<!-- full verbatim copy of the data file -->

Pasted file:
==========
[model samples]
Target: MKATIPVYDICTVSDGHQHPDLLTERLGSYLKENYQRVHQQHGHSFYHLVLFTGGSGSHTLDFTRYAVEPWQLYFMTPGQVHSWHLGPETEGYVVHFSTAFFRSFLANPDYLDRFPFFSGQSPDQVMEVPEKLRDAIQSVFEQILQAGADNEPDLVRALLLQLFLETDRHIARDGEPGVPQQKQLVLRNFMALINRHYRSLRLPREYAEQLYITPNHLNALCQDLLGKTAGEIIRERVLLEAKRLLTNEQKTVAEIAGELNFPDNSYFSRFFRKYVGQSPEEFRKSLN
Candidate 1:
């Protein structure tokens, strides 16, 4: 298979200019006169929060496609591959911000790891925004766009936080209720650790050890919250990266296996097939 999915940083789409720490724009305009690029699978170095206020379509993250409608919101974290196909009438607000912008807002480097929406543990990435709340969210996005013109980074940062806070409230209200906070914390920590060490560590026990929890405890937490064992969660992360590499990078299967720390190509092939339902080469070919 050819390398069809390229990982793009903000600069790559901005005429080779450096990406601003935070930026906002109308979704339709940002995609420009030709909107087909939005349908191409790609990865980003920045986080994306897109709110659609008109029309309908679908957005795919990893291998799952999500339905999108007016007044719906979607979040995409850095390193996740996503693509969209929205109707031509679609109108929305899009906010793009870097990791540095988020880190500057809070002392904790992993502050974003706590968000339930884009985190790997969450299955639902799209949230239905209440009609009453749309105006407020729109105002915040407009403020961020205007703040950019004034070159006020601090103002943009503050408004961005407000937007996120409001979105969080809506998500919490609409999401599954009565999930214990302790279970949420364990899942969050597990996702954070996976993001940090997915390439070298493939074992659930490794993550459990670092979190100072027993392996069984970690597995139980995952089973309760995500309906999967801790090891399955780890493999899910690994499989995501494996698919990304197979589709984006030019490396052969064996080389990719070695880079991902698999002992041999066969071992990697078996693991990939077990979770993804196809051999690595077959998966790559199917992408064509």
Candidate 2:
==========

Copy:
[model samples]
Target: MKATIPVYDICTVSDGHQHPDLLTERLGSYLKENYQRVHQQHGHSFYHLVLFTGGSGSHTLDFTRYAVEPWQLYFMTPGQVHSWHLGPETEGYVVHFSTAFFRSFLANPDYLDRFPFFSGQSPDQVMEVPEKLRDAIQSVFEQILQAGADNEPDLVRALLLQLFLETDRHIARDGEPGVPQQKQLVLRNFMALINRHYRSLRLPREYAEQLYITPNHLNALCQDLLGKTAGEIIRERVLLEAKRLLTNEQKTVAEIAGELNFPDNSYFSRFFRKYVGQSPEEFRKSLN
Candidate 1:
């Protein structure tokens, strides 16, 4: 298979200019006169929060496609591959911000790891925004766009936080209720650790050890919250990266296996097939 999915940083789409720490724009305009690029699978170095206020379509993250409608919101974290196909009438607000912008807002480097929406543990990435709340969210996005013109980074940062806070409230209200906070914390920590060490560590026990929890405890937490064992969660992360590499990078299967720390190509092939339902080469070919 050819390398069809390229990982793009903000600069790559901005005429080779450096990406601003935070930026906002109308979704339709940002995609420009030709909107087909939005349908191409790609990865980003920045986080994306897109709110659609008109029309309908679908957005795919990893291998799952999500339905999108007016007044719906979607979040995409850095390193996740996503693509969209929205109707031509679609109108929305899009906010793009870097990791540095988020880190500057809070002392904790992993502050974003706590968000339930884009985190790997969450299955639902799209949230239905209440009609009453749309105006407020729109105002915040407009403020961020205007703040950019004034070159006020601090103002943009503050408004961005407000937007996120409001979105969080809506998500919490609409999401599954009565999930214990302790279970949420364990899942969050597990996702954070996976993001940090997915390439070298493939074992659930490794993550459990670092979190100072027993392996069984970690597995139980995952089973309760995500309906999967801790090891399955780890493999899910690994499989995501494996698919990304197979589709984006030019490396052969064996080389990719070695880079991902698999002992041999066969071992990697078996693991990939077990979770993804196809051999690595077959998966790559199917992408064509």
Candidate 2: